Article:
The Children/Review

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< The Children

I love killer kid movies. There's just something reassuring in them that makes you feel that someone, somewhere said "What the fuck? Why can't kids kill? That's gotta' be taboo, right?" It's like that lightbulb lit up over every exploitation filmmaker's head around the same time. I mean, in a matter of just a few years, you had THE OMEN, BLOODY BIRTHDAY, THE PIT, BEWARE! CHILDREN AT PLAY, CHILDREN OF THE CORN, THE OTHER, IT'S ALIVE (and the sequels), DEVIL TIMES FIVE, WHO CAN KILL A CHILD?, and this forgotten gem among others. How great was that? Nowadays, it's all J-Horror remakes and safe PG-13 horror. But back then, one successful film (probably THE OMEN) spawned a bunch of exploitation rip-offs that were competing for your hard earned dollar. Hell, it made me feel like the prettiest girl at the dance (just an analogy)! With that, I bring you Max Kalmanowicz's THE CHILDREN.

A bus load of kids, on their way home from school, pass a nearby nuclear power plant. An odd dark cloud of smoke is emitting from the plant and the bus drives right through it. Of course, this is no ordinary smoke, and it turns all of the children into black fingernailed, kill-by-touch, muderers with mischievous grins. As the body count piles up, Sheriff Billy Hart (Gil Rogers) starts to find out the horrifying link between the oddly behaving kids and the missing townsfolk. And what about the kids parents? Will they ever get their children back to they way they were? All those answers and a pretty unshocking epilogue are waiting...


Short description, huh? That's because that's all there really is to it. I'm not going to bullshit you into thinking that there's more to this movie than there is, there's not. It's pretty cut and dry, the way writer Carlton J. Albright lays things out. That's fine with me. I paid to see some creepy little kids put the radioactive whammy on unsuspecting adults; and in that case, the film delivers. The kids are actually cute little buggers and you can see that they were enjoying themselves while making the movie. I mean, what kid wouldn't want to pretend to be able to kill with just a touch ("Touch my Man-E-Faces again bitch and see what happens!")? They're not as sadistic as the little bastards in DEVIL TIMES FIVE, but then again, Leif Garrett isn't hanging around, either. Those fuckers were sadistic! THE CHILDREN are more goofily frightning, what with their mischievous grins and all. Albright has admitted in interviews that he meant the film as both a nuclear age parable and a satirical horror film, and you can certainly see that come across as you watch it. While not as exploitively fun as BLOODY BIRTHDAY or as disturbing as WHO CAN KILL A CHILD?, THE CHILDREN is nonetheless a worthwhile addition to the killer kid cycle of the late 1970's - early 1980's. Unfortunately, after Columbine, Hollywood has shied away from this topic and it's become more taboo than it's been in a while. Hopefully, some great, unknown grindhouse film fan of a director will come along and make a new addition to this forgotten genre. But until then, THE CHILDREN is a fun distraction from the horrors of real life and a walk down 42nd Street's memory lane.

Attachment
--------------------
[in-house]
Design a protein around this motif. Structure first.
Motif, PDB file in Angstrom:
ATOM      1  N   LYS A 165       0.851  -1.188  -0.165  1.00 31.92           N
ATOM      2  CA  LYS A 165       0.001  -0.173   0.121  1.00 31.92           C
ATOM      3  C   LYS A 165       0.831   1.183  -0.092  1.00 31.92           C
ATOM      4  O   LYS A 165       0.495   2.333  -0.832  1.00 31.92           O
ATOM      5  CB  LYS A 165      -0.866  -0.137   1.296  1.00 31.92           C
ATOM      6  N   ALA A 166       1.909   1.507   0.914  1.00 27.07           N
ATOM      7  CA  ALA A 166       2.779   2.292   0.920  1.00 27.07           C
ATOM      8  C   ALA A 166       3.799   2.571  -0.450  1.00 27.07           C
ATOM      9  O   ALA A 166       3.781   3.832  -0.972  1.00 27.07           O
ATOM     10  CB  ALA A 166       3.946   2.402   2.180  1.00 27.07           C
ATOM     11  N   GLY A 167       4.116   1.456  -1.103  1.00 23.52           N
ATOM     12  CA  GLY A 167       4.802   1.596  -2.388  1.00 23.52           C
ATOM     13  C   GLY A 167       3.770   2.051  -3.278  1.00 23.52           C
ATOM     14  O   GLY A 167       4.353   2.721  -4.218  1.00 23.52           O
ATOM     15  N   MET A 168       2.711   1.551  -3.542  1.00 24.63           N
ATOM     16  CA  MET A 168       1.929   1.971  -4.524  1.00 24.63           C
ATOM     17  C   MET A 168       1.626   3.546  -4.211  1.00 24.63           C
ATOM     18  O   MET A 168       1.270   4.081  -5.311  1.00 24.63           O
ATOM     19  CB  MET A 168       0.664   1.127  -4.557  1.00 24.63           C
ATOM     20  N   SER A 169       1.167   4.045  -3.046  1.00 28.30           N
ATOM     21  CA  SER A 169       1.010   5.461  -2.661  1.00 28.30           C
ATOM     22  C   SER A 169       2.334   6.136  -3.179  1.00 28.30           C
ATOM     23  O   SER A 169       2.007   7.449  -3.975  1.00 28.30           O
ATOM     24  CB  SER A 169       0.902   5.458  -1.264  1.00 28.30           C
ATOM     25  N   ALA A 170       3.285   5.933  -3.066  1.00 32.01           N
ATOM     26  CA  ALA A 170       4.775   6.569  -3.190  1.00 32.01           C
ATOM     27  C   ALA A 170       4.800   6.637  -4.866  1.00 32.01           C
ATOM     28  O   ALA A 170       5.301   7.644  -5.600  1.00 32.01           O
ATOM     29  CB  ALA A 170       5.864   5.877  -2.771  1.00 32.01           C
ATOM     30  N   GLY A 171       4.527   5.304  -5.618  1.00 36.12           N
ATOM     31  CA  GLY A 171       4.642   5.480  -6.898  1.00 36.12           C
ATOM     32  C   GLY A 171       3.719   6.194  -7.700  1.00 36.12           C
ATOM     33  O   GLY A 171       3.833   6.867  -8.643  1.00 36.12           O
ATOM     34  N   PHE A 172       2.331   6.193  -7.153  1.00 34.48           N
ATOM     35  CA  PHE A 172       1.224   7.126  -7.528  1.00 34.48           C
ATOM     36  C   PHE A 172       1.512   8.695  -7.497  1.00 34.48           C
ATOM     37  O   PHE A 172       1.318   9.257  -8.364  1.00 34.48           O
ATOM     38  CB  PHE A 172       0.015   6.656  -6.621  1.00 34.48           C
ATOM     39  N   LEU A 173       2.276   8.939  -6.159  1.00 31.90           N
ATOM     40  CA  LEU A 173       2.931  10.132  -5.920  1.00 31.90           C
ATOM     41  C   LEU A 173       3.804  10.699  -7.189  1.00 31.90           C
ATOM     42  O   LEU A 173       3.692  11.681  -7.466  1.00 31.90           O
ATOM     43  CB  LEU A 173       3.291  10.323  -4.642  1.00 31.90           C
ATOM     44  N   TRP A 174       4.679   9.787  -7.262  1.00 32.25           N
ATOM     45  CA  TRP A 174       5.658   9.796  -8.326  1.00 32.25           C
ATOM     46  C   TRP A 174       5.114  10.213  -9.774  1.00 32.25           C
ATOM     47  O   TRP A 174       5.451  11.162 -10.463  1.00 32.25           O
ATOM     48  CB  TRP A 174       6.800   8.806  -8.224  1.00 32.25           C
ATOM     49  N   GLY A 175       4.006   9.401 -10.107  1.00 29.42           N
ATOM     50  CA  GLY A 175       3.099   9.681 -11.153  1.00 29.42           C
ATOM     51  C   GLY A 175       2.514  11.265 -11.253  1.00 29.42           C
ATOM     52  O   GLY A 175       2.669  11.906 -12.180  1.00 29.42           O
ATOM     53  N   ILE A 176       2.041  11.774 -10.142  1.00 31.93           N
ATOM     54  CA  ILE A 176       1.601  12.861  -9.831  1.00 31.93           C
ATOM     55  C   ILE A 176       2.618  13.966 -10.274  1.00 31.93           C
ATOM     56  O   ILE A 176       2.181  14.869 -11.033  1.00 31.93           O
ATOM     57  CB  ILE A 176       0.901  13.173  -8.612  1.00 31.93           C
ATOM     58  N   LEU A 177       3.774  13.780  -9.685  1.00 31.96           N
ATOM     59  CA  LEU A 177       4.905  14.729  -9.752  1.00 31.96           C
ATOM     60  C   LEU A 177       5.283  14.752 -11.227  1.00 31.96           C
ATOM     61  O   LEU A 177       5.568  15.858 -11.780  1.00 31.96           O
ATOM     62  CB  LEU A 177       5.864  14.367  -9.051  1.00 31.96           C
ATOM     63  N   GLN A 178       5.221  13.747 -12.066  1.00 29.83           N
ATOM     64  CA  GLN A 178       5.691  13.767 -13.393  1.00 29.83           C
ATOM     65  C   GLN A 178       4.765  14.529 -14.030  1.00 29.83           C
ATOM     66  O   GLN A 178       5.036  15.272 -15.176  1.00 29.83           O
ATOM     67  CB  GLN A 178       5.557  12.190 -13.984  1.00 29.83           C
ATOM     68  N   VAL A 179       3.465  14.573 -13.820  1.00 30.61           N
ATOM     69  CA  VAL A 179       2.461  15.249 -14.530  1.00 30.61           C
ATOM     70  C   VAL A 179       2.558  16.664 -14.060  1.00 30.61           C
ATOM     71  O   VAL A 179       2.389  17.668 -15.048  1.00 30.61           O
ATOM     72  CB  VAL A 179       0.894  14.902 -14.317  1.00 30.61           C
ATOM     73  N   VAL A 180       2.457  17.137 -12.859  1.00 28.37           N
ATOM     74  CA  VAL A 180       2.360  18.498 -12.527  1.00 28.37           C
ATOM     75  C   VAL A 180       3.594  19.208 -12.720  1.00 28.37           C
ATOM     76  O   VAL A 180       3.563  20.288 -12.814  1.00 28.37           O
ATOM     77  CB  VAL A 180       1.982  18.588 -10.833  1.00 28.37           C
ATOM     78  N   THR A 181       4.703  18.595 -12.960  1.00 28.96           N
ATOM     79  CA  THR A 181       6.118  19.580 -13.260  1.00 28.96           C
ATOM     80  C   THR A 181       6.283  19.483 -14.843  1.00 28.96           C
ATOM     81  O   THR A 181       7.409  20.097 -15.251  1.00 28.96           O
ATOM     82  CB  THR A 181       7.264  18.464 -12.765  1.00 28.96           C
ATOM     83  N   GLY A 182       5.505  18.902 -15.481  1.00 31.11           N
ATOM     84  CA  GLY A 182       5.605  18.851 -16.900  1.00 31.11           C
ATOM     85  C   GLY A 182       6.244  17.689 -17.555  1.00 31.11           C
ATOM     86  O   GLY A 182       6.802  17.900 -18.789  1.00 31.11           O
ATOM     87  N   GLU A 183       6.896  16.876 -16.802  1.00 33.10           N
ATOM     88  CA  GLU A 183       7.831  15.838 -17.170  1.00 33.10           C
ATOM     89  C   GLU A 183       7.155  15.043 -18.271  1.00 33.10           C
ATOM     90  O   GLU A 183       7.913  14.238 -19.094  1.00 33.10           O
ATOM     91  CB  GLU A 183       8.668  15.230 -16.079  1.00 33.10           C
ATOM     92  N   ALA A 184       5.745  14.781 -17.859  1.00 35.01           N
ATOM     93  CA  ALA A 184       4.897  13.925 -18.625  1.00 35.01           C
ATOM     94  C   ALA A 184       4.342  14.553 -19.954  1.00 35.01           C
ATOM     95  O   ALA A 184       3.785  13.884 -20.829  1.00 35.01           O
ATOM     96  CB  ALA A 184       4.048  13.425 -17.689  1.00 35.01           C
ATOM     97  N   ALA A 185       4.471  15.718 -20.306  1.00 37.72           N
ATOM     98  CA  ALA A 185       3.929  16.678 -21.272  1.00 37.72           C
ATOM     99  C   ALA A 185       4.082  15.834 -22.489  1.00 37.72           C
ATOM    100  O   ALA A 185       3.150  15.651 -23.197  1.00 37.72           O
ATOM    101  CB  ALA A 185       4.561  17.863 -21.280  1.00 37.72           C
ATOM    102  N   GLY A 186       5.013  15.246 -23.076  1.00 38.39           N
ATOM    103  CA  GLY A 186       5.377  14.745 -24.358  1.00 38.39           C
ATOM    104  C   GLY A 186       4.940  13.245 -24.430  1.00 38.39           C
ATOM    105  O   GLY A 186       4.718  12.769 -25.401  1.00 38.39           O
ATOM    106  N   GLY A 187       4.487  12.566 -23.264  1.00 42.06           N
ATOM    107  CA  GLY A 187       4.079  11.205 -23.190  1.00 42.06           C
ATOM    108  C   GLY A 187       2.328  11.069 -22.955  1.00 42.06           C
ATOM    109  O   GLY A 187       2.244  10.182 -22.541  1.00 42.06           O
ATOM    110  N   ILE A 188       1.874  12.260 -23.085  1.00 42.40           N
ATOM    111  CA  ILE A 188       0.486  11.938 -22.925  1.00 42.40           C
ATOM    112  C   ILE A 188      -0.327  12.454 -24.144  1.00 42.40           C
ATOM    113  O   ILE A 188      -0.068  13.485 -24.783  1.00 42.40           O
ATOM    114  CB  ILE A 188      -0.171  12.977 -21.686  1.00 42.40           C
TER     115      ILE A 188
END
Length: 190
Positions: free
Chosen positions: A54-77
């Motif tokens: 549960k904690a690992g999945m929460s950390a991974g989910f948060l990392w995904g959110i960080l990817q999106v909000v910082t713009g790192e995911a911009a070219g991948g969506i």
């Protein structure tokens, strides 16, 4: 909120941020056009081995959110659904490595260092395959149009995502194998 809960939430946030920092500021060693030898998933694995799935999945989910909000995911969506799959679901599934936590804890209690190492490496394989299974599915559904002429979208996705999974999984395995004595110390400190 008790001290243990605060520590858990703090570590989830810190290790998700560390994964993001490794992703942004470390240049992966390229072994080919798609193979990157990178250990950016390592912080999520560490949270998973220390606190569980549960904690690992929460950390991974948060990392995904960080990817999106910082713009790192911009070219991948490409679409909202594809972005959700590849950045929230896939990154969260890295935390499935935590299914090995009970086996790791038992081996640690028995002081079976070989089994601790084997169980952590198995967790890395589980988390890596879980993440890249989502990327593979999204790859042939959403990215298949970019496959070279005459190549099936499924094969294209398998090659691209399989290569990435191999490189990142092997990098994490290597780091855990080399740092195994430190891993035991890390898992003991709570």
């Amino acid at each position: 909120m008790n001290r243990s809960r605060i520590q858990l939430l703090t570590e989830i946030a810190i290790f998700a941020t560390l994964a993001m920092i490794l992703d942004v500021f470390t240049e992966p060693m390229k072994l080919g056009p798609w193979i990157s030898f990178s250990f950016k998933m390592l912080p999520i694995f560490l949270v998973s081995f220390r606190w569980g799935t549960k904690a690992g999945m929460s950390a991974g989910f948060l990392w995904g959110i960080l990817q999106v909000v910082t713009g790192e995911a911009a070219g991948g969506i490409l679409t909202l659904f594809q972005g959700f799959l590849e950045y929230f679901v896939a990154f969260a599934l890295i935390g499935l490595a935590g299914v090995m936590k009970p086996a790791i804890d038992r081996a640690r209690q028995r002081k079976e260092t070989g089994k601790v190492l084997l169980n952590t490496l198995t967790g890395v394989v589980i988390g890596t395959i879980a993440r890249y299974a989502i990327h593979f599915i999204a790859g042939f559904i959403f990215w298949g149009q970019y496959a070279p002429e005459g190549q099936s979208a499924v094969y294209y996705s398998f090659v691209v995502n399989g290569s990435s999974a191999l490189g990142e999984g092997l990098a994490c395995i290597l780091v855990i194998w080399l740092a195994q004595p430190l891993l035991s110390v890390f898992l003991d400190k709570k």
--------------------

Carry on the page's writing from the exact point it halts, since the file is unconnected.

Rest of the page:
Reviewed by ECWaenigma

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